I was 23 years old. I had just had my best year in the film industry. I had been working in the industry for four years. I earned more than $90,000 that year. I bought myself a triplex with my sister. Then, my wife, Mylène, gave birth to our son Émile Duceppe, our first child. My wife was in school that year. The following year, in 2004, I earned about $30,000 because I was freelancing. I was a contract worker.
Since my wife was still in school and I had a mortgage to pay and we had a young boy to raise, if I had had any kind of dental problem, my previous year's income would have been used and I would not have been entitled to the dental coverage proposed today.
I am sorry, I lost my train of thought. Someone I know is here and that stressed me a little.
An hon. member: Is it me?
Alexis Brunelle-Duceppe: No, Madam Speaker, it is not my colleague.
We were not rich, but we were doing well. According to the NDP, I would not have been entitled to dental insurance. That is exactly why Quebec and the provinces are in the best position to develop social policy. The provinces manage those sorts of things. They are closer to the people and should be the ones to administer the program. They have a legislative scalpel and not a bazooka.
Once again, there is no respect for the true lawmakers in this area.
While the NDP wants to give orders to Quebec and the other provinces, the provinces are asking the government for just one thing, an annual increase of 5.2% in health transfers. The provinces are not asking to have another health care program rammed down their throats. They are simply asking for an annual increase of 5.2% in health transfers. This is not rocket science.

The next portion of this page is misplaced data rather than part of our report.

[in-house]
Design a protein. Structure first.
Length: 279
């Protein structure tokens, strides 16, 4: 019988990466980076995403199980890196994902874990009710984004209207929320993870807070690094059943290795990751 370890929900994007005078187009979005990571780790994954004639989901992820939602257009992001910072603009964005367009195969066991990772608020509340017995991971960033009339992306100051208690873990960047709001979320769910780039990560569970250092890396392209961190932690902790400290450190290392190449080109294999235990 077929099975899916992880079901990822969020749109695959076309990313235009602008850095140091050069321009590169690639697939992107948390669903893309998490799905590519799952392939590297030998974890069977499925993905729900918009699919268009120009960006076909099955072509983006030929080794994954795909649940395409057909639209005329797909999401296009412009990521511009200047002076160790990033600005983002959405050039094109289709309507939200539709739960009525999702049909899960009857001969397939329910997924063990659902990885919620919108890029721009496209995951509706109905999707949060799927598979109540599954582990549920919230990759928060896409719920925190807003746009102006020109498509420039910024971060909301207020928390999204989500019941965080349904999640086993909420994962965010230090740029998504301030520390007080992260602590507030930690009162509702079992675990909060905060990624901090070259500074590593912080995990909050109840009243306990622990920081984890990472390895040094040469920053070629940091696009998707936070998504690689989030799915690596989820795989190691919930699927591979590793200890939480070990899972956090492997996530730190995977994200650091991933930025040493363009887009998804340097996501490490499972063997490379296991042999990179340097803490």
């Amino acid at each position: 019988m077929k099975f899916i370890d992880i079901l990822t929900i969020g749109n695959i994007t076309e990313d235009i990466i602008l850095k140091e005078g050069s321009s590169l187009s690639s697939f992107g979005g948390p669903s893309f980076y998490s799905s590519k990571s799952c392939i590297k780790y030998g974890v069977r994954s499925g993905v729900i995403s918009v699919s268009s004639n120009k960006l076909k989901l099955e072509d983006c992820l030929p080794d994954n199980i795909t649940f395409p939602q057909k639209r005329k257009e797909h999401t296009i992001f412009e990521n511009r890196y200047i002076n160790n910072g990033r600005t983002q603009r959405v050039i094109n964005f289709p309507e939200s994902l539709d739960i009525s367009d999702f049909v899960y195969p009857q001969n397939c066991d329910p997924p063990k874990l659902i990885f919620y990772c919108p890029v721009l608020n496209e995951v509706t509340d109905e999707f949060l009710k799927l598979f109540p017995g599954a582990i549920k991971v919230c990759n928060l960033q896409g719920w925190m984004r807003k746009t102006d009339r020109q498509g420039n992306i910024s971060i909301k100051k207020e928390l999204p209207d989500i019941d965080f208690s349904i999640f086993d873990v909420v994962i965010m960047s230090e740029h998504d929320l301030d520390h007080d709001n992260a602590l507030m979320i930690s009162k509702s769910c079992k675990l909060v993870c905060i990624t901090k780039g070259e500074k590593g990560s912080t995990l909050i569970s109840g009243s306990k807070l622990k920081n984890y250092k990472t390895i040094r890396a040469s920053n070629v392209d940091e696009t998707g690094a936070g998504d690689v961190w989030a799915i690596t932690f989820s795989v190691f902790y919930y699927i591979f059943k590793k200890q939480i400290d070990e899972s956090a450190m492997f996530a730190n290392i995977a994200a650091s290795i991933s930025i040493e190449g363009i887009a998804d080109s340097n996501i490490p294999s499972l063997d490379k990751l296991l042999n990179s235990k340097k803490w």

While health care systems across Canada are groaning under the burden of the aging population, the NDP is talking about dental care in the wrong legislature.
The Quebec National Assembly even unanimously adopted a motion calling on the federal government to do its fair share with regard to health care. This does not make any sense. While the Government of Quebec estimates that the health transfer deficit will be $13.7 billion by 2027, the NDP is insisting on talking about dental coverage without even knowing how it will be paid for.
The federal contribution to health was 23% in 2018. Today, it is 21% and, in 2027, it will be just barely over 20%. The federal government's real problem is not the details of the health care coverage. The problem is that the House is not contributing to the rising cost of health care. What is worse, the federal government has been gradually pulling back for decades, whatever its political stripe.
Right now, federal health transfers are going up by just 3% per year. Health care costs are going up more than that, so the provinces are essentially getting less money.